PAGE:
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Wednesday, September 25, 2013

Janesville's City Council Likes Things Just The Way They Are

Sorry to say, I rarely watch Janesville city council meetings anymore being the hopeless special interest charade that it is. But since there is an obvious correlation between public financing and Citizens United, I watched Monday's meeting primarily to record council member positions on a proposal to establish a modest system of public financing for city council candidates.

Although this is not the same city council crew as the one that refused to bring a resolution on Citizens United to the table for a vote back in early 2012, this council is by all definitions - even worse.

Just for the record, I support any and all serious take-the-money-out of politics initiatives on any scale, but this proposal did seem to put the cart before the horse.

Mainly, I think its timing was bad because before we can entertain the idea of publicly funded local campaigns, there are several major obstacles unique to Janesville that must be resolved in order to remove the heavily cloaked hyper-partisan special interests that have ruled the city since the 1920's. The biggest hurdle to jump is the full restoration of a ward/district style electorate for true democratic representation and "republic" leadership to city government. Without that - we have a special-interest captured council and appointed city leadership with very little chance of real reform.

It also doesn't help that we currently have a toxic ideological environment and a compliant media demonizing both politics and government. But that's a story for another time.

Despite the short and laughable comments the idea of public campaign financing provoked from several council members, it did help expose the grand canyon that exists not only in defining what public campaign financing is, but also in the rhetoric and logic they drew upon to oppose it.

For instance, Council Member Brian Fitzgerald stated that we have too much money in politics as it is - and that's why he opposes public financing. Say what? Hello? Hello? That's the whole point! Take private money out!! It will remove expectations of a payback and also the ability for someone to buy a public seat. If you think having too much money in politics is a problem - then full public campaign financing is the solution! My God ...THAT needs to be explained?

Fitzgerald also said folks don't run for city council not because of a lack of money, but because "people don't want this job, quite frankly, and that's why they don't run." Precisely! It really is a job, a job nobody wants. So how do we get passionate and knowledgeable people to run for council? Let me put this way - not with no pay, no stipend, no campaign help - no nothing. Yet that's not what public financing is about. It's not about paying people. What public financing does do in part is help create a level playing field and make "running" more palatable to a wider population.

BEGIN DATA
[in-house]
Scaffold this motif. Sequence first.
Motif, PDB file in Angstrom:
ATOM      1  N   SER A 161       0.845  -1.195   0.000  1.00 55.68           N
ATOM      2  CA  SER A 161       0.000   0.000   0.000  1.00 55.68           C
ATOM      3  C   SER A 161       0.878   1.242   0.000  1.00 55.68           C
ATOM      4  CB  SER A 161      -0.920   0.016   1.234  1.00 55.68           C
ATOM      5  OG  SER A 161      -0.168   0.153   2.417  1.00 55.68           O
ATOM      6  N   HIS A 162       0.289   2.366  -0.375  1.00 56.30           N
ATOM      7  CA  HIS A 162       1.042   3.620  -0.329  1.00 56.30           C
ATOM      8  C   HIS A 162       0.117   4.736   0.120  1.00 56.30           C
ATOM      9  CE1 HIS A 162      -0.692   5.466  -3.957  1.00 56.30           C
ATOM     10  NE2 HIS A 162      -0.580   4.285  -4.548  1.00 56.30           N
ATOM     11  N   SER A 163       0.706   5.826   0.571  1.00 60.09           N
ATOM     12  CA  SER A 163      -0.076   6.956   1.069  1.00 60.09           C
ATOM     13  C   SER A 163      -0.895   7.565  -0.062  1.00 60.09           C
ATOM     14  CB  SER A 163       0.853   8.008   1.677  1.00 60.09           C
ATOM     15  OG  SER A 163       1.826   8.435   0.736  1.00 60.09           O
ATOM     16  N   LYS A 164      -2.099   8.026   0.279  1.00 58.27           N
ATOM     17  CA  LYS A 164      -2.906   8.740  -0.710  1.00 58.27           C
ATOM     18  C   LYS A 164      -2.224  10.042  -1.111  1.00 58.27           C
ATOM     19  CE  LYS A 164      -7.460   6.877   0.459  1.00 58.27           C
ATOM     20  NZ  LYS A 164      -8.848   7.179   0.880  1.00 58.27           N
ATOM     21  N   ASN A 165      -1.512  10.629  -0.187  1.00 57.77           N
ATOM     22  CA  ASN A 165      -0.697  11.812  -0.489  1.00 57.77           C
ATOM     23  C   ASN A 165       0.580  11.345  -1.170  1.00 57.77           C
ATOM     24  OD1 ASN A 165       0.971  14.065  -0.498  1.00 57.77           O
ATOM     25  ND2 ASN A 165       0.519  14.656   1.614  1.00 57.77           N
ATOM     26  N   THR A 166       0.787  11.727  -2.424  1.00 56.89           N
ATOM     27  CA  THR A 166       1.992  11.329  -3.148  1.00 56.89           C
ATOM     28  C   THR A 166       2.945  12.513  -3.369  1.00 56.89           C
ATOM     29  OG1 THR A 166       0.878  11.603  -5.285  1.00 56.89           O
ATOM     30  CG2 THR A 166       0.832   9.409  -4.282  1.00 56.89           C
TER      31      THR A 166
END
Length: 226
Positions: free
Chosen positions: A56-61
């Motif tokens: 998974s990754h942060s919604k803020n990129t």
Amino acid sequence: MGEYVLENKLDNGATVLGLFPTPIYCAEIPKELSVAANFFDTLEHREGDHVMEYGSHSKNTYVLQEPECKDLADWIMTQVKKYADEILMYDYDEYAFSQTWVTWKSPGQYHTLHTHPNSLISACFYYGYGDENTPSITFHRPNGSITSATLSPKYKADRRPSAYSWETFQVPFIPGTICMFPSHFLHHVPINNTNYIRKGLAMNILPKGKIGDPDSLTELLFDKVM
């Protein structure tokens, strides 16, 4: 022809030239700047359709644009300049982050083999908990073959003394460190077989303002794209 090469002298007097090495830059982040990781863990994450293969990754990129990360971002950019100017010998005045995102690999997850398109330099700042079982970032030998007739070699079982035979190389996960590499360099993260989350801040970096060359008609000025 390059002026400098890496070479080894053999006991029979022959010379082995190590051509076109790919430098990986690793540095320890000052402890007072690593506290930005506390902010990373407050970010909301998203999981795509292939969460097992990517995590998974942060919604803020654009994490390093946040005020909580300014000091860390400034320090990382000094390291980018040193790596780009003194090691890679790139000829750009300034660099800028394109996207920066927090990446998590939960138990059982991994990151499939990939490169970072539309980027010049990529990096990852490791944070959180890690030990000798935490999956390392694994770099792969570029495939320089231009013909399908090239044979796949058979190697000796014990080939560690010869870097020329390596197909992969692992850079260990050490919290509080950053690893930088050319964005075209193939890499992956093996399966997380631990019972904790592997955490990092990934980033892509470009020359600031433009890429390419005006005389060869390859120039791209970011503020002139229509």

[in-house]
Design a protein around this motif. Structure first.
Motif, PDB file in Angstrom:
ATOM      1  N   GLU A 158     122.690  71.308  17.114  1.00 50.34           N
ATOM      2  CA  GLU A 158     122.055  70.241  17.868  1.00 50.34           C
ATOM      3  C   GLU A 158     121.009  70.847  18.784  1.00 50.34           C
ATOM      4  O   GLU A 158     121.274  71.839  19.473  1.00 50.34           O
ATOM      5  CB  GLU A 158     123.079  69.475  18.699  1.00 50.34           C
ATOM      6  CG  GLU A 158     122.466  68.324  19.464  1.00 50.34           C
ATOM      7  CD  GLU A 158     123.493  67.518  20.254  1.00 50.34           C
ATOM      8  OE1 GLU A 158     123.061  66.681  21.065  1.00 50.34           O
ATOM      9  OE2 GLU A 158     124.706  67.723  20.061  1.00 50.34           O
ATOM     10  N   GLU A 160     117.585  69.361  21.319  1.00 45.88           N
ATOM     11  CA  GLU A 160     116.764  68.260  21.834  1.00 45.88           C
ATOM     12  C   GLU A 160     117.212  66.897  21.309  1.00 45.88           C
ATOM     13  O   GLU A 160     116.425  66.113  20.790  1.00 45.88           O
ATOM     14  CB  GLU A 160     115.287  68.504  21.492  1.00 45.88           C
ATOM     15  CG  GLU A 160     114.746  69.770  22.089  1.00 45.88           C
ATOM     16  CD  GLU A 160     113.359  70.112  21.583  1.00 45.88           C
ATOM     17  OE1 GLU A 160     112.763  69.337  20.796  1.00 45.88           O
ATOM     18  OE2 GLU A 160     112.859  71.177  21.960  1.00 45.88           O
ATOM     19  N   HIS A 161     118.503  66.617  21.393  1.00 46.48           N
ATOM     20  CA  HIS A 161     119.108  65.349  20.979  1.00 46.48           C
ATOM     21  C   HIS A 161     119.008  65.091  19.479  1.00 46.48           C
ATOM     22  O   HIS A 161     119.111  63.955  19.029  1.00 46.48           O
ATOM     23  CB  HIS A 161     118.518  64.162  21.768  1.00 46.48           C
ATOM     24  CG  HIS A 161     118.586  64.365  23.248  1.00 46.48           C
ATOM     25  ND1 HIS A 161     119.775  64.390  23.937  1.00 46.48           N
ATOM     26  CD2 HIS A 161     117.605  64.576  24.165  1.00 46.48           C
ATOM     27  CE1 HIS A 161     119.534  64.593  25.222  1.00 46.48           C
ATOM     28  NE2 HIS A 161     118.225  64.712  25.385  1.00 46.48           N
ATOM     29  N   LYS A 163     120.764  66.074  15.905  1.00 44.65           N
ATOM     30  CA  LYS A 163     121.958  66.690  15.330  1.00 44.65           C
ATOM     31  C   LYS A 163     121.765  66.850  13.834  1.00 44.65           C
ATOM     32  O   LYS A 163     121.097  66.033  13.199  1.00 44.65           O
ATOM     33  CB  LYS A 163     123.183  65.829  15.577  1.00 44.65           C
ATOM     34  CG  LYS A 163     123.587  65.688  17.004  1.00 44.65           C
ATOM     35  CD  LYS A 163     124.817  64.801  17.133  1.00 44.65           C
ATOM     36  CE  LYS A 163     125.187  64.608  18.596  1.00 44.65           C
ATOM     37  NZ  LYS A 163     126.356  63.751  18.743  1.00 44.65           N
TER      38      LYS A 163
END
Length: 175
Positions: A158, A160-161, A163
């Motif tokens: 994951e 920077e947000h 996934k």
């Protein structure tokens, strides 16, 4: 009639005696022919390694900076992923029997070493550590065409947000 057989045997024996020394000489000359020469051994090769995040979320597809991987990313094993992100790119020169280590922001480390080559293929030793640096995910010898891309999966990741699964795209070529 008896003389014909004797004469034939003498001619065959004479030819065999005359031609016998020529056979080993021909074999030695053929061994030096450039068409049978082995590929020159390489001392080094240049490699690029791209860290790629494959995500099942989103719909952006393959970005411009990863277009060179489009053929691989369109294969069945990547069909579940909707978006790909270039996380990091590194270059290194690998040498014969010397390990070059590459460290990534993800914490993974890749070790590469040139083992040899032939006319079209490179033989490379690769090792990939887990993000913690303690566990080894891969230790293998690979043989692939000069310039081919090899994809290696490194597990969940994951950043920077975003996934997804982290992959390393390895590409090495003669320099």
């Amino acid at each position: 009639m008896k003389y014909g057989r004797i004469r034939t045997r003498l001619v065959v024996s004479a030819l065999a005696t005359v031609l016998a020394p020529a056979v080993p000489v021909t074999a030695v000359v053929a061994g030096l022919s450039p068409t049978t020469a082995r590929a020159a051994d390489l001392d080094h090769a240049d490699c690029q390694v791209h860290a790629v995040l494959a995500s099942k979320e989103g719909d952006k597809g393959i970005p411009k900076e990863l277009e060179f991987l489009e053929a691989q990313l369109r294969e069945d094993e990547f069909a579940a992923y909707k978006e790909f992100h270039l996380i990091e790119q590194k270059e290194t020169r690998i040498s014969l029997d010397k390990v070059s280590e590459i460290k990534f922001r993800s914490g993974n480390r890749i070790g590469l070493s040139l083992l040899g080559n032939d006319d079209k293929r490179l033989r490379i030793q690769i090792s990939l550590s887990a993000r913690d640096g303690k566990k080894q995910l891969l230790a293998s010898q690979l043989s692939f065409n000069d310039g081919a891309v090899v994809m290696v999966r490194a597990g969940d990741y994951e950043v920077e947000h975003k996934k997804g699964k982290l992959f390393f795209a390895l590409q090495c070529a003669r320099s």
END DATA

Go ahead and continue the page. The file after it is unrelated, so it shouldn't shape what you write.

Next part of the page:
Council member Doug Marklein somehow turned public financing into a partisan concept and said shame on anyone who brings politics into city council. Non-sequitur much? In the presence of non-partisan offices, public campaign financing does not magically create partisanship. Again, it is exactly the opposite. Public financing takes the (private) money out. To put it another way, if you have deep chamber of commerce pockets, realtors association money or your own personal wealth funding your campaign, why would you support public financing? Public financing goes a long way to removing partisanship, cronyism and in particular, special interest influence.

Then we have the delirious comments from Council Member Duane Severson. In short he said, the folks who founded our country were all wealthy people and because money and politics is as old as the country, it is what it is. We're stuck in 1785. In the end, Severson said he appreciates that Liebert brought it forward but he could never support that. Ummm. LOL? Thank you very much.

Lastly, Council Member Matt Kealy made the motion to table the resolution which means it can't come forward again until after the next election cycle.

So there we have it my fellow Janesvilleans. When we combine Voskuil's stance from 2012 on Citizen's United with those who complained Monday evening about partisanship and money in politics but refuse to do anything about it, we're left with five of the seven Janesville council members (Fitzgerald, Marklein, Severson, Kealy and Voskuil) defending the status quo.

To be fair to Severson's position, * facepalm * he is the only one that seems to think that wealth and money in public office is a positive influence and entitlement handed down from our country's Founding Fathers. Although the five don't want to rock the money influence boat, Severson was the only one who appears to relish in it. In short, they like things just the way they are.

That leaves us with Sam Liebert who wants to take the money out and Jim Farrell, who appears smart enough to engage the problem and moderate enough to do what's right.

Again, I don't want to make it sound like public financing is the end all for Janesville's particular problems. It's not. But at least their positions on campaign financing are now publicly known and should help Janesville voters make an informed decision next time around.

Video - Janesville City Council Meeting Public financing discussion begins at the 2:15:00 mark.

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